Finding my voice

Two days ago, I retracted my acceptance of a senior management position that would have made good use of my skills and experience, covered my health care expenses, significantly bolstered my retirement cushion and provided a salary commensurate with the high level of responsibility and expectations of the job.

I did this after two days in which I was subjected to questions about my political and personal beliefs and my professional associations.  This followed the reactions of a handful of intolerant people who protested my appointment.  They objected to the work of the Norwegian Refugee Council (NRC), one of the world’s most principled humanitarian organizations, in a region of the world that is fraught with complexity and conflict..and, by my association with NRC, they objected to me.  They questioned work I had done with the Norwegian Red Cross in the same region, work I am proud to have done and done well.  They disapproved of people I have worked with, attacking views they had expressed with courage and conviction.  I was destabilized.  I was shaken.

Why this should have come as such a surprise to me is, well, surprising.  From my  comfortable perch on top of the world in social democratic Norway, I had followed the rise of fundamentalism in an increasingly polarized America.  I have lazily expressed my outrage by reposting a Facebook article or a meme from those who have been raising the alarm of fundamentalism for many years.  Such virtue signaling didn’t cost me anything.

On my return to the US, I naively thought that I could remain shielded from such narrow-mindedness and continue to express my outrage from wherever I sat comfortably perched.  I never imagined that I would come face-to-face with it so soon and in such an unexpected way…or that it would be represented by so few who were given so much power.  In the end, walking away from this was pretty easy.

There is nothing like a bunch of reactionary voices to clarify one’s own voice.  This clarity came at a price, albeit a relatively small one for me.  Others have paid a far greater price defending their beliefs and values.  I do not presume to stand among them.  Writing is my therapy and I really just needed to get this off  my chest!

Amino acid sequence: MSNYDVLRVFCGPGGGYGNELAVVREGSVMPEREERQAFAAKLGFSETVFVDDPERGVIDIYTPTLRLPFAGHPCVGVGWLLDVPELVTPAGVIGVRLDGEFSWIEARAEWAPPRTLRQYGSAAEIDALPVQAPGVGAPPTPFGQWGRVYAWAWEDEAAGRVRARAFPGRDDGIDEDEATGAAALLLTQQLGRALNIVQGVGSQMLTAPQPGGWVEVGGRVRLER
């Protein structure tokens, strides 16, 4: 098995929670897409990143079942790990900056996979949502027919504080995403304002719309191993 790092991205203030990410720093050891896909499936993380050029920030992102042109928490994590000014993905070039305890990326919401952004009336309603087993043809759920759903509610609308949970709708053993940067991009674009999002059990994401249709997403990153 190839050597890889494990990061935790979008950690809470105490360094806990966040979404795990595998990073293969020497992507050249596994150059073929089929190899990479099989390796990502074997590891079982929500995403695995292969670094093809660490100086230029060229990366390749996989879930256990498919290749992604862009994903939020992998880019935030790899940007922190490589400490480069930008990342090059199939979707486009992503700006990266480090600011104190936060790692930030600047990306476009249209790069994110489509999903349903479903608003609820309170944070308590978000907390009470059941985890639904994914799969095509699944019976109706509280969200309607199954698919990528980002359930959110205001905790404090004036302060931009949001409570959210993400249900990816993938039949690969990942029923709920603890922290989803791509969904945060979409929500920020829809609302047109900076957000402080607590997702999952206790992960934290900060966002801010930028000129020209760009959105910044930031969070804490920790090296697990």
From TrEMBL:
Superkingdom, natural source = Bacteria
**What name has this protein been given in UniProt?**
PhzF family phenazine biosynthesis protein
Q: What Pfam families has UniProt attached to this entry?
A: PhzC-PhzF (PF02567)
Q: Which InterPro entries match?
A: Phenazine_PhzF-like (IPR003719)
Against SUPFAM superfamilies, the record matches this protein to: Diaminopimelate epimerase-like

10 thoughts on “Finding my voice

  1. The courage to stand up for your beliefs and walk away from a job offer because to you were mistreated. Not to mention that your associations with others where questioned; is reprehensible. In light of the “Me Too” campaign and bullying issues that are highlighted almost daily in the USA. Must be nice for those who subjected you to this to pick and chose what to stand up for. Shame on those folks and their narrow minded views. Good for you Roberta you’re much stronger than most of us !

  2. Dear Roberta first and foremost I hope you celebrating a beautiful Passover with your family tonight. And if so I am hopeful that this this celebration of freedom confirms your decision. I am so sorry however that you had to experience what you did. As always with much love, Marsha

  3. I hope to reflect the other comments made before me: I am proud of you and commend your decision! If this was the organization we last talked about, I know you went through a lot of interviews for this job, and I am astounded that THAT organization was as hard-lined and prejudiced as it apparently is. Good for you to stand up to such close-minded people — people I would not expect to be that way!!

  4. What happened to you is unfortunate on many levels but as others have said, congratulations to you for having the sense and courage to walk away from bigotry and extremism. You’re the only one that came out ahead.

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